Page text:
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UPCOMING WORKSHOPS

AMWS is fully committed to the professional development of our members. As a result, we offer a variety of workshops on wetland science and regulatory updates. Non-members are welcome to attend. However, membership is encouraged through reduced workshop rates and other benefits.

AMWS workshops are recognized for their value: nowhere else will you find top working wetland scientists "giving back" to the profession at such affordable rates. As a result, AMWS members only are offered the limited number of seats during the first two weeks of posting an event.

As an added value of AMWS membership, we also offer social networking opportunities with other environmental professionals. These events generally take place in central Massachusetts, and may include appetizers and drinks, as well as a speaker.

                                                                                                                                                                                    (Updated 4/19/14)

 

                                                                     

Left Photo: Courtesy Brent Baeslack (Haverhill ConCom) - Instructors Dwight Dunk (CDM) and Chad Sumner (SumCo Eco-Contracting) discuss the riprap foot of the restored slope at low tide during the field portion of the 9/30/11 AMWS Riverbank Stabilization Techniques Workshop in Haverhill, Mass. Of note, the tree stump in the water is secured by cables, and was added to aid stability and provide fish habitat.

Right Photo: Courtesy of Patrick Garner (Patrick Garner Co.) - Instructor Art Allen (EcoTec) at a deep hole featured at the AMWS Advanced Soil Identification Workshop, held June 22nd & 23rd, 2010, in Grafton, Mass.

 


 

Friday, May 9, 2014

MassDEP’s Revised Regulations for Restoration Projects, with a Bonus Presentation on

    Solar Arrays In or Near Wetlands (half-day)

Division of Natural Resources, Concord, Mass.

9:00 a.m.. – noon

 

Lealdon Langley (MassDEP’s Dir. of Wetlands & Waterways) and Beth Lambert (Aquatic Habitat

Restoration Program Manager, Div. of Ecological Restoration, MassFish & Game) will provide an overview of the new MassDEP regulations for restoration projects, including the pre-application process, project planning process, and sediment quality (re-use of sediment for restoration, physical and chemical sediment characterization, chemical contamination and regulatory standards for re-use, regulatory changes to facilitate restoration, fluvial processes).  

 

Also presented will be a Q & A discussion on solar arrays in or near wetlands.

 

Includes coffee. All participants will receive a Certificate of Attendance. CEUs available.

 

Cost: $45 AMWS member; $85/non-member

 

See "Workshop Registration Forms" button above to register.

 

Contact: administrator@amws.org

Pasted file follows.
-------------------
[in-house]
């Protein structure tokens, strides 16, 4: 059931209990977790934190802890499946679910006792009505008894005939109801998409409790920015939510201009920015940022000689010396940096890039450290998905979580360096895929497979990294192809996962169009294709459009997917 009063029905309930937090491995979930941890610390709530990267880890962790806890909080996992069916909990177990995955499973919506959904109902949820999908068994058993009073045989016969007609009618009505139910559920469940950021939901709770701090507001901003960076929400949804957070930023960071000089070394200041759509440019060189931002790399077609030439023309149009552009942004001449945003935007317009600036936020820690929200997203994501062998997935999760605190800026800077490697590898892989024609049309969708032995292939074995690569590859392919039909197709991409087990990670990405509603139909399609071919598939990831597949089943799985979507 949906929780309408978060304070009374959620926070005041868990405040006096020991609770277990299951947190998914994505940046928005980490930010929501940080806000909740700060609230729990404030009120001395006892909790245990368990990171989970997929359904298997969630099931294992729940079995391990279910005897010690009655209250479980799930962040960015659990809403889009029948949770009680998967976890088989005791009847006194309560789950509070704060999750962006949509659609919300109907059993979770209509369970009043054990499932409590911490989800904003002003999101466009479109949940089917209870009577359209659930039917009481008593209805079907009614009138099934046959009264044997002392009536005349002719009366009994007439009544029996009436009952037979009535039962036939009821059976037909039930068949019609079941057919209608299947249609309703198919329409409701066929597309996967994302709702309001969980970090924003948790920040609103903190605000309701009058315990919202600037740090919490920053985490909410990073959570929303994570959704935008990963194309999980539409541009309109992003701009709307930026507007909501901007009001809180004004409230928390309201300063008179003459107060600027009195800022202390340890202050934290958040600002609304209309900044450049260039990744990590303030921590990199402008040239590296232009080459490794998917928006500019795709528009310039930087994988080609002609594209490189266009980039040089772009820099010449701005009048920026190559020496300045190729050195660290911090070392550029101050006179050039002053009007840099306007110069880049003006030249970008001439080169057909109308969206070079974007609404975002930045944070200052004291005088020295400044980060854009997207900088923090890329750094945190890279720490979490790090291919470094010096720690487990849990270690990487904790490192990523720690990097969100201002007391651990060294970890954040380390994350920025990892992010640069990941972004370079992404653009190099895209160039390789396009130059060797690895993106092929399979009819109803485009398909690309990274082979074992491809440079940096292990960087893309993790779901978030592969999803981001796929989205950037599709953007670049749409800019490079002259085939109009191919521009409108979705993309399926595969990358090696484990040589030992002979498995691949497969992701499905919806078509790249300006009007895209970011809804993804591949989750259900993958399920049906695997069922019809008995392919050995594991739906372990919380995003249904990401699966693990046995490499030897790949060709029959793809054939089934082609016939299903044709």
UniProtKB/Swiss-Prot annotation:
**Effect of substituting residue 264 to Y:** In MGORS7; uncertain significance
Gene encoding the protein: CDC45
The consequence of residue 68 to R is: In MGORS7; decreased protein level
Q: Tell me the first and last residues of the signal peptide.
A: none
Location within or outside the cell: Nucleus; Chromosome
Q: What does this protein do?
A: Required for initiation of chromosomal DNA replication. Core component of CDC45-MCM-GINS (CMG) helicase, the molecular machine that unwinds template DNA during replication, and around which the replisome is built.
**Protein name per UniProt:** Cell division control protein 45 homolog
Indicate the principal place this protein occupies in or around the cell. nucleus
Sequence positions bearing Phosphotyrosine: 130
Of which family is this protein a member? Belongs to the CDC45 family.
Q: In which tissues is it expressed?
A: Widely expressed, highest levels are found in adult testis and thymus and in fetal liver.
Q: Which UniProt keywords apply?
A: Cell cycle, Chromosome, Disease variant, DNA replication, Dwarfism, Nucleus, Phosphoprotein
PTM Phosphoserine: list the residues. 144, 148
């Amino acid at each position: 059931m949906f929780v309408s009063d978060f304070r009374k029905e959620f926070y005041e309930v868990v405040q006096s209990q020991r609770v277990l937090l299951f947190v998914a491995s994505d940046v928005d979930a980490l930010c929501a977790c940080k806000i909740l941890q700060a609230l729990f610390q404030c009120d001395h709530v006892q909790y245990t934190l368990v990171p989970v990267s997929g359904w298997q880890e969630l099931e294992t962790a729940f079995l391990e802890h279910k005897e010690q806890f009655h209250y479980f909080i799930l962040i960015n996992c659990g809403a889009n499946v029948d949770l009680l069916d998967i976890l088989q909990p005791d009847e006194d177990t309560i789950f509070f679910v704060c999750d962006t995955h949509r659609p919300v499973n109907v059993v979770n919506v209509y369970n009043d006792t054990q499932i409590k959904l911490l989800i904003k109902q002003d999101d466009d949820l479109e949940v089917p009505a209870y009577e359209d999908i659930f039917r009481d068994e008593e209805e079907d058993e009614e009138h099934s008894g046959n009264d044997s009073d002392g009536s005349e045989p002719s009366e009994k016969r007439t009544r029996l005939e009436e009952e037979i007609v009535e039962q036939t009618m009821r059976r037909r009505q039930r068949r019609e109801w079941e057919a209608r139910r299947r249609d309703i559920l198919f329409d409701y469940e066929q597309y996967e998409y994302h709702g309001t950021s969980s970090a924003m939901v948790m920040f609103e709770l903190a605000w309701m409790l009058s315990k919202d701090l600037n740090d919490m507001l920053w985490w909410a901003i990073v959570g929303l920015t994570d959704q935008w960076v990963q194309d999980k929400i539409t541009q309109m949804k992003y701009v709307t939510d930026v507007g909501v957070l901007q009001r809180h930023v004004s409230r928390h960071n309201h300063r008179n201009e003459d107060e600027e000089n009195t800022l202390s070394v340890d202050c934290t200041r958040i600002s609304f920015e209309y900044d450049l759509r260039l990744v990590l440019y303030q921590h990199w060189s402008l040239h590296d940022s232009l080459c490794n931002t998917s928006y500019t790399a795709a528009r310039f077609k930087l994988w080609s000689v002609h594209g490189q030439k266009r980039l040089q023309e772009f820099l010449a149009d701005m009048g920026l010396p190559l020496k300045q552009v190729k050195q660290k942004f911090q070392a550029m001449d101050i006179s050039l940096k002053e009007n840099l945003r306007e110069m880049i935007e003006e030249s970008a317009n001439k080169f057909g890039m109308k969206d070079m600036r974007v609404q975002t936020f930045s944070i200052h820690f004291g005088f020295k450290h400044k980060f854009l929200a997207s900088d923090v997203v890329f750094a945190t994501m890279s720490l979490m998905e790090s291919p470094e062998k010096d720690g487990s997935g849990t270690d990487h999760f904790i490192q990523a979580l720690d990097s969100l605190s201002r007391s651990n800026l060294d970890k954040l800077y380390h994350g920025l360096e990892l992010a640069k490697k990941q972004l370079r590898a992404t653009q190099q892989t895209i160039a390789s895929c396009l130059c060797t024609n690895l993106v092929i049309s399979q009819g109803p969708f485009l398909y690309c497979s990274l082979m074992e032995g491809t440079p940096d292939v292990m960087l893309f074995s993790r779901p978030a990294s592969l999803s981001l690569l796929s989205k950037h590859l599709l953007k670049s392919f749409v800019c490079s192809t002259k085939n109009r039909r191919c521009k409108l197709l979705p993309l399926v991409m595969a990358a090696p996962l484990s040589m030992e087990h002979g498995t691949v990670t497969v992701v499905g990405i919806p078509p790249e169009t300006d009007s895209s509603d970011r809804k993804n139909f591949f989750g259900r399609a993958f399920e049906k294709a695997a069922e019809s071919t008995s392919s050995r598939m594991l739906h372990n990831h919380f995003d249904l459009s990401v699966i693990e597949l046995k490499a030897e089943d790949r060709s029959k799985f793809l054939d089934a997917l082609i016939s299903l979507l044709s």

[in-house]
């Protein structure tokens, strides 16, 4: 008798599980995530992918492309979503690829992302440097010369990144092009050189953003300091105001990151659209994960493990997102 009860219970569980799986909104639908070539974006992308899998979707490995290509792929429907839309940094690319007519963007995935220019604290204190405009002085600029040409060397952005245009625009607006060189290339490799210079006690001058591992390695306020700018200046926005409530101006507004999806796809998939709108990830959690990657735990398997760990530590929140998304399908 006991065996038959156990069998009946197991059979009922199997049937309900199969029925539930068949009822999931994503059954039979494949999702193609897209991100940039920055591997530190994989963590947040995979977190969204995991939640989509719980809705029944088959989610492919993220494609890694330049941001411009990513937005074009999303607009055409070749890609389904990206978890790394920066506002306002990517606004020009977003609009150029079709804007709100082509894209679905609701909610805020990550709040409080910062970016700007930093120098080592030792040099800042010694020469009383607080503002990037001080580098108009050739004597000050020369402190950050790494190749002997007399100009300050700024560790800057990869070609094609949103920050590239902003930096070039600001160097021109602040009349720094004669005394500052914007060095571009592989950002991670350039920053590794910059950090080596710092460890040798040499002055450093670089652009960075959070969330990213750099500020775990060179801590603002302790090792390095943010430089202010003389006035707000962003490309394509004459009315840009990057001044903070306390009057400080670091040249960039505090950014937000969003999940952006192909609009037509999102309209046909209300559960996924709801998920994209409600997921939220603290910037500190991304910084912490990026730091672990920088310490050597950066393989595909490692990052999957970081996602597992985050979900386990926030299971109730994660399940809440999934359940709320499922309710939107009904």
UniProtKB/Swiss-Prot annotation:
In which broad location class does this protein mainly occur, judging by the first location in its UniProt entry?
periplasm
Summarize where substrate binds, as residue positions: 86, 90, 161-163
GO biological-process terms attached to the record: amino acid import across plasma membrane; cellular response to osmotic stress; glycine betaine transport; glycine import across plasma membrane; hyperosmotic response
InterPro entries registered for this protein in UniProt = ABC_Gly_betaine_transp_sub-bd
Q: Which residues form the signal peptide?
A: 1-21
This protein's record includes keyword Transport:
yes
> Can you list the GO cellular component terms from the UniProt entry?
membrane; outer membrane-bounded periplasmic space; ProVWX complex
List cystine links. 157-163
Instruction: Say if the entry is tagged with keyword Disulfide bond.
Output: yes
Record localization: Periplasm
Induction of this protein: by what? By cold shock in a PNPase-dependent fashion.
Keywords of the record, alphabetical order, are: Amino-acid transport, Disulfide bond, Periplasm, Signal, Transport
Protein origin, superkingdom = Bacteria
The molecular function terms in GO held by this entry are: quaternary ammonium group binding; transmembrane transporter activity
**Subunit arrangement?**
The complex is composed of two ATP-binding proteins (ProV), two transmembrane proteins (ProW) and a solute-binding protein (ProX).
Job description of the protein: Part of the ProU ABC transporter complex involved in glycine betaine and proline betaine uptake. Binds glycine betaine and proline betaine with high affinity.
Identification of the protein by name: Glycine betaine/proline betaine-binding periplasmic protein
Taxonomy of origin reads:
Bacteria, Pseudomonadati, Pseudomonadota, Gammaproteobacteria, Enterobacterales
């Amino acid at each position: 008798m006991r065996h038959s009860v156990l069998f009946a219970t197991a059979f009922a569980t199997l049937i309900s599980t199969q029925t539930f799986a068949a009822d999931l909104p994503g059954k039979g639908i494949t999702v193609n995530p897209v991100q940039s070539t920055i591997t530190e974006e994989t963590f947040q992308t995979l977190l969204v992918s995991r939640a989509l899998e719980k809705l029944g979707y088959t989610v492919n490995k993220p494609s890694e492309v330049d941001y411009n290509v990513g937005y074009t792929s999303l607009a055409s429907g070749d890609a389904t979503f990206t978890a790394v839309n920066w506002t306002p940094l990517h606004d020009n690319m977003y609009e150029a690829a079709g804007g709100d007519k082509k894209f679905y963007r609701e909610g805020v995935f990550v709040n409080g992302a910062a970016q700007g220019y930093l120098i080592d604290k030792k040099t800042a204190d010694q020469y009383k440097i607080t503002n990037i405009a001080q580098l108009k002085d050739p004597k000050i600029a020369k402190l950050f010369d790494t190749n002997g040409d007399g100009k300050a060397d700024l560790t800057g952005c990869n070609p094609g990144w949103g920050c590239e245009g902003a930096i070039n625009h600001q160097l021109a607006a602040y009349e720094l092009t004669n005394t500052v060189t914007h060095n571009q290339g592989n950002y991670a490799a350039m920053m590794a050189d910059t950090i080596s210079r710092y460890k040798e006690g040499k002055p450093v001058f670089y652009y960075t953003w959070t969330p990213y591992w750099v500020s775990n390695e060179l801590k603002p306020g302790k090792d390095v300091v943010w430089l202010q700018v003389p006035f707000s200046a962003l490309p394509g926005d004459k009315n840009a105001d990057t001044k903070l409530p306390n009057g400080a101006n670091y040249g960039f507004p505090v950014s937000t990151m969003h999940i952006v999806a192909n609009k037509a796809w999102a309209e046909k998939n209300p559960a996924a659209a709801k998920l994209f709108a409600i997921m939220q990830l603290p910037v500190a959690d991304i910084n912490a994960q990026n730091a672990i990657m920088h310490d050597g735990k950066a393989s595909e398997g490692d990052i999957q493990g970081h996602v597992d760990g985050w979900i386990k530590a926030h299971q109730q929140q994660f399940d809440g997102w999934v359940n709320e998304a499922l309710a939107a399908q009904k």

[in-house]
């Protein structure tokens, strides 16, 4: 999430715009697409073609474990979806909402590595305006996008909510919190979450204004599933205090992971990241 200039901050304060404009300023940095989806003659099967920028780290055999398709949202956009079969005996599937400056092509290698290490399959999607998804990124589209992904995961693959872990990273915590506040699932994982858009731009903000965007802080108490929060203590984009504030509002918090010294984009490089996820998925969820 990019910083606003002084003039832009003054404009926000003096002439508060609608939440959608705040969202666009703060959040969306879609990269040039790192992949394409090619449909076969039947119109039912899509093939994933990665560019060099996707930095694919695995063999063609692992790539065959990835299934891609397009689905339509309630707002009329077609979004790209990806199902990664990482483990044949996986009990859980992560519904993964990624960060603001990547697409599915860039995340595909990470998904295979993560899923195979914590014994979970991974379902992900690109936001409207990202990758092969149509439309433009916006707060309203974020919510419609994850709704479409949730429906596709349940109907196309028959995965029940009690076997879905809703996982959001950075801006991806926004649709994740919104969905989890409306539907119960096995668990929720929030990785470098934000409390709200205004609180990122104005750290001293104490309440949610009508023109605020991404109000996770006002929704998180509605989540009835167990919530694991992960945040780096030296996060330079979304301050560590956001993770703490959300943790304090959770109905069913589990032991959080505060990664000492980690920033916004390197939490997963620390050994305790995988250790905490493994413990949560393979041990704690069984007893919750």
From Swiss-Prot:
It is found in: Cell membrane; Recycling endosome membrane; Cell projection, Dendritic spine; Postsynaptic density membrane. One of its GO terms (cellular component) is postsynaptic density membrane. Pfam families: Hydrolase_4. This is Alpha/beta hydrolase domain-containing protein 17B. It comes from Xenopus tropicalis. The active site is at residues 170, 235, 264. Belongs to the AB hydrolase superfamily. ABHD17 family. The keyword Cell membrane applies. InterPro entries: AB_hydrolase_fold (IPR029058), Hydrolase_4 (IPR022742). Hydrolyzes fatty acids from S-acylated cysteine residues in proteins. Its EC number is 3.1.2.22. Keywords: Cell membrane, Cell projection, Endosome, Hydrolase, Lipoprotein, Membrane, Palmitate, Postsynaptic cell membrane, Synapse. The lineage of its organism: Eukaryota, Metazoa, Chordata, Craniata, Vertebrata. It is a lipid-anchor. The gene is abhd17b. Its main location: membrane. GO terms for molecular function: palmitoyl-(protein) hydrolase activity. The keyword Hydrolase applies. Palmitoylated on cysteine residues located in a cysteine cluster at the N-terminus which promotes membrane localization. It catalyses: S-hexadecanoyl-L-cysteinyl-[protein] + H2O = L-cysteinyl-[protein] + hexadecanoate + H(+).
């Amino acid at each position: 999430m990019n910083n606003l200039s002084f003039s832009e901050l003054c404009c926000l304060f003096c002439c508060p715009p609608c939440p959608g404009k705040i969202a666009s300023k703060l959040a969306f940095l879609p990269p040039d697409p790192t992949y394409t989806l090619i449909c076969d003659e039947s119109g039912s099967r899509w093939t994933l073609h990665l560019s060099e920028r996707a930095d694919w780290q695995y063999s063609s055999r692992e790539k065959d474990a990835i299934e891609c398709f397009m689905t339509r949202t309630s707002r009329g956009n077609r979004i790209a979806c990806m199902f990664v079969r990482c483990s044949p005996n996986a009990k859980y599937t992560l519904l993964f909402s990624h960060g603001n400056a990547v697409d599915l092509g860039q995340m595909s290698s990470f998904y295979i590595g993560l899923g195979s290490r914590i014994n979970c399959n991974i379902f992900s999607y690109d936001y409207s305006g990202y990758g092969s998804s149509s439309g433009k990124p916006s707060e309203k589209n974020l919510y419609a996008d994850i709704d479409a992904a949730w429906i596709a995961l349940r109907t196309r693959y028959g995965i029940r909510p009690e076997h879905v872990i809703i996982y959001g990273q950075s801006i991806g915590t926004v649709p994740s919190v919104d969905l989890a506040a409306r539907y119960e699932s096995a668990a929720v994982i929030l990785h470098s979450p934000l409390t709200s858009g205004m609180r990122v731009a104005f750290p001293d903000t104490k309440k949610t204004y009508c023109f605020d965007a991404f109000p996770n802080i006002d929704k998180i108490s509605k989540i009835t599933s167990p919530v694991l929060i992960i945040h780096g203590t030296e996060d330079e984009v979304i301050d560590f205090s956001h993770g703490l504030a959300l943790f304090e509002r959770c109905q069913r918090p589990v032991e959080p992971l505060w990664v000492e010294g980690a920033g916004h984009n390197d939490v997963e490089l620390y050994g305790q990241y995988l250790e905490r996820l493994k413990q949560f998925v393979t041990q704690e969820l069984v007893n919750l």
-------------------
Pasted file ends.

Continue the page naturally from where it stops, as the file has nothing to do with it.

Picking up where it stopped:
Perfect for Wetland Scientists, Soil Scientists and Certified Soil Evaluators

 

Sept. 19, 2014 (Friday); Rain Date Oct. 3, 2014

A Second Look at U.S. Field Indicators of Hydric Soils in Mass.

TBD: Chelmsford or Lincoln, Mass.

9:00 a.m. - 5:00 p.m.

 

The focus of this all-day, advanced soil workshop is on the field--documenting and interpreting soil conditions and hydrology. This is a similar workshop to the one held in the Bridgewater area in 2012, and is intended to be both a refresher in using federal methodology and an opportunity to “fill in the blanks” with what may have been missed the first time.

 

You’ll work at several locations in the same area, staffed by seven expert instructors. You’ll learn how to apply the Field Indicators of Hydric Soils in the United States (Version 7.0) to a range of soil conditions encountered in southern New England. (This manual is the official soils reference for federal wetland delineations in all New England states, as well as for New Hampshire state delineations.)

 

Everyone will gather for the day’s overview and divide into groups for a “round robin” excursion to the nearby sites. Instructors will be stationary at their allotted site, while participants will rotate at specified times. The day will end with a debriefing and distribution of Certificates of Attendance.

 

Note that the instructors will have equipment at each site, but participants are encouraged to bring their own sharp shooter, trowel and soil color book. This workshop is oriented toward wetland scientists, soil scientists and certified soil evaluators. (Certified soil evaluators with an advanced soil background will find the course helpful for honing their hydric soil identification skills. Please note that there is no direct applicability to Title 5 in this workshop.)

 

Prerequisites: Previous soil identification experience is required. The U.S. indicators that you can expect to see at the workshop will be listed at www.amws.org/library.html (after 9/01/14), with the link to the Version 7.0 manual. Participants are required to preview reference materials, so on the day of the workshop you can hit the ground running!